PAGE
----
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Good evening, we’re updating the coronavirus newsletter to better reflect the pandemic as it changes. What would you like to see included? Send your thoughts to audience@globeandmail.com

Top headlines:

  1. Fully vaccinated Canadian travellers will have to quarantine upon arrival in England and Scotland, but Americans and Europeans won’t
  2. Provinces won’t reinstate indoor mask rules, even as the U.S. CDC reversed course and is now recommending mask-wearing indoors, including for those who are fully vaccinated
  3. Indonesia’s Delta disaster: As the COVID-19 variant spreads, deaths rise and cemeteries make room

In the past seven days, 3,878 cases were reported, up 31 per cent from the previous seven days. There were 57 deaths announced, up 4 per cent over the same period. At least 389 people are being treated in hospitals and 1,396,679 others are considered recovered.

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Canada’s inoculation rate is 7th among countries with a population of one million or more people.

Sources: Canada data is compiled from government websites, Johns Hopkins and COVID-19 Canada Open Data Working Group; international data is from Johns Hopkins University.


Coronavirus explainers: Coronavirus in maps and chartsTracking vaccine dosesLockdown rules and reopening


Photo of the day

A pedestrian walks through an art installation of body bags as demonstrators protest against Facebook and what they claim is disinformation regarding the coronavirus disease on the social media giant's platform, outside Facebook headquarters in Washington, U.S., on July 28, 2021.

JIM BOURG/Reuters


Coronavirus in Canada

  • In Alberta, 71 cases of COVID-19 are likely to have been acquired at the Calgary Stampede, but community spread as a result of those cases is unknown. Infections in the province have been increasing sharply for the past week. There were 144 new infections reported on Monday and the seven-day average has doubled in just five days.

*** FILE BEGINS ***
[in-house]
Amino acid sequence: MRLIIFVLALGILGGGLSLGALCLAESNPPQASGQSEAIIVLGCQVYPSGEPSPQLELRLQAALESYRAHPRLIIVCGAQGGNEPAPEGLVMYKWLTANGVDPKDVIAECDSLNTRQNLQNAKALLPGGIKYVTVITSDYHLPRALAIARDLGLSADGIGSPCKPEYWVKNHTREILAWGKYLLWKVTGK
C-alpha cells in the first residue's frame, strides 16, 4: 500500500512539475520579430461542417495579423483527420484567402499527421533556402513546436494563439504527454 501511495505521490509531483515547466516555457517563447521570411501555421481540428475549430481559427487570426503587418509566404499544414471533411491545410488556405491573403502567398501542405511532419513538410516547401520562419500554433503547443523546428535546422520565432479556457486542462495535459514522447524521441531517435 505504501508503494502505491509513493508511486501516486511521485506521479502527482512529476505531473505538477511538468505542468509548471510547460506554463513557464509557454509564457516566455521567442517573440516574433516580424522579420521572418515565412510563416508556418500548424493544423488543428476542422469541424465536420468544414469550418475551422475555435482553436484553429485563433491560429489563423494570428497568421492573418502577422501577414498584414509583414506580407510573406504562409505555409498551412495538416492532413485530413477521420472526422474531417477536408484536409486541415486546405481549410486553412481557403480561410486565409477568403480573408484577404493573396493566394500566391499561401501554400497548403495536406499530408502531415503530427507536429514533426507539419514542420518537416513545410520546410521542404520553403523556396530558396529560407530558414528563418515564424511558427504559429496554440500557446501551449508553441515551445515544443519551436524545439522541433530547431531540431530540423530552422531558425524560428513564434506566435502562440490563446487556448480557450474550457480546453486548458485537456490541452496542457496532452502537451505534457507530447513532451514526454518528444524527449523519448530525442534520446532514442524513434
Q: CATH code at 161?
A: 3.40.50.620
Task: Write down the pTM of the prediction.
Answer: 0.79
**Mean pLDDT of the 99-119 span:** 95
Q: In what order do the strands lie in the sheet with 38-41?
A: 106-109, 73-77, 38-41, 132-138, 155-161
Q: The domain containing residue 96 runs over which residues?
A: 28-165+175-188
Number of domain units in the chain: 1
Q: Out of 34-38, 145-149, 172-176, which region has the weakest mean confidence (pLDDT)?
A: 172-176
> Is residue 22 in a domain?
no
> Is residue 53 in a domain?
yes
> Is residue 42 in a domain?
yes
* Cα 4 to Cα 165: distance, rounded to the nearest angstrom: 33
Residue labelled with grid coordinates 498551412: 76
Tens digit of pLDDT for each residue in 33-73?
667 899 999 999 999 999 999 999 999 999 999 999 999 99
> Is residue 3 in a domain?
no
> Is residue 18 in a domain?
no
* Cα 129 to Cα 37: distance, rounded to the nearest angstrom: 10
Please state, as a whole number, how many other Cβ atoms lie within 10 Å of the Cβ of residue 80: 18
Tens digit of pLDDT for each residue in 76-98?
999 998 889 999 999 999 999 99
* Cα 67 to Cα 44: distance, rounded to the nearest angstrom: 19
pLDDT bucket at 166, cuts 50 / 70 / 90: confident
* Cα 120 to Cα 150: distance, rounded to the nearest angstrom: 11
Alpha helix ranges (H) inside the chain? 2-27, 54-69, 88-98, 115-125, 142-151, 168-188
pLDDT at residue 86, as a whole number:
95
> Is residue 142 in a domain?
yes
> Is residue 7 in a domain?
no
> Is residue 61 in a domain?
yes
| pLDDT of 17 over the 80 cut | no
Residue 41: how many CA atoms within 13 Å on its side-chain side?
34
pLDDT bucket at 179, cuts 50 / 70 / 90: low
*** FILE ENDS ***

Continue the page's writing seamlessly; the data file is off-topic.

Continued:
• Ontario’s back-to-school plan will be announced early next week, Premier Doug Ford announced today. Meanwhile, the province is holding firm on its vaccine eligibility for 12-year-olds. There were 158 new infections and four deaths from COVID-19 today.
  • A new vaccine blitz in B.C. will see health care workers fanning out at a raft of community events, “vax vans” and other mobile clinics. And, COVID-19 restrictions have been reinstated in central Okanagan communities and non-essential travel to the area is being discouraged as COVID-19 cases surge in the region.
  • Quebec reported 133 new infections and no new deaths from COVID-19. The last death linked to the coronavirus was reported July 22.

Despite a recent uptick in COVID-19 infections, provinces won’t tighten indoor mask rules.

  • British Columbia, Alberta, Saskatchewan and P.E.I. stopped requiring masks in most indoor settings earlier this month — and say they have no plans to tighten mandates despite health experts warning about the Delta variant.
  • And despite a continued decline in severe illness, COVID-19 cases are on the rise in Canada. Chief Public Health Officer Theresa Tam said in a statement Tuesday that Canada saw a 36-per-cent increase in coronavirus cases between July 20-26 compared with the previous week.

Hospital visits: Some hospitals are still barring families, even if they’re fully vaccinated


Coronavirus around the world

  • Fully vaccinated travellers in the U.S. or Europe will not have to quarantine on arrival to the U.K., but England and Scotland left Canada out of new quarantine exceptions.
  • Burial grounds are full, hospitals are running out of beds, and oxygen is in short supply as Indonesia struggles to contain a COVID-19 disaster.
  • Tokyo registered a record 3,177 new coronavirus cases today, adding more risk to the Olympic Games.
  • Australia’s biggest city, Sydney, extended a lockdown by four weeks on Wednesday amid another spike in COVID-19 cases.

Coronavirus and business

The pandemic prompted many Canadians to embrace online shopping and contactless payments – but cash is still thriving.

  • An increase in demand for cash points to a particular reaction as the health crisis escalated: People hoarded cash.
  • “The extraordinary increase in [notes in circulation] during this period was driven more by demand for large-denomination notes rather than for small-denomination notes, suggesting that store of value was an important factor in these developments,” the Bank of Canada said.

Also today: Canadian-based restaurant stocks have largely recovered from the pummelling taken from the pandemic lockdowns as investors bet on consumers’ growing appetite for dining out. Still, concerns linger.

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Sources: Canada data are compiled from government websites, Johns Hopkins University and COVID-19 Canada Open Data Working Group; international data are from Johns Hopkins.

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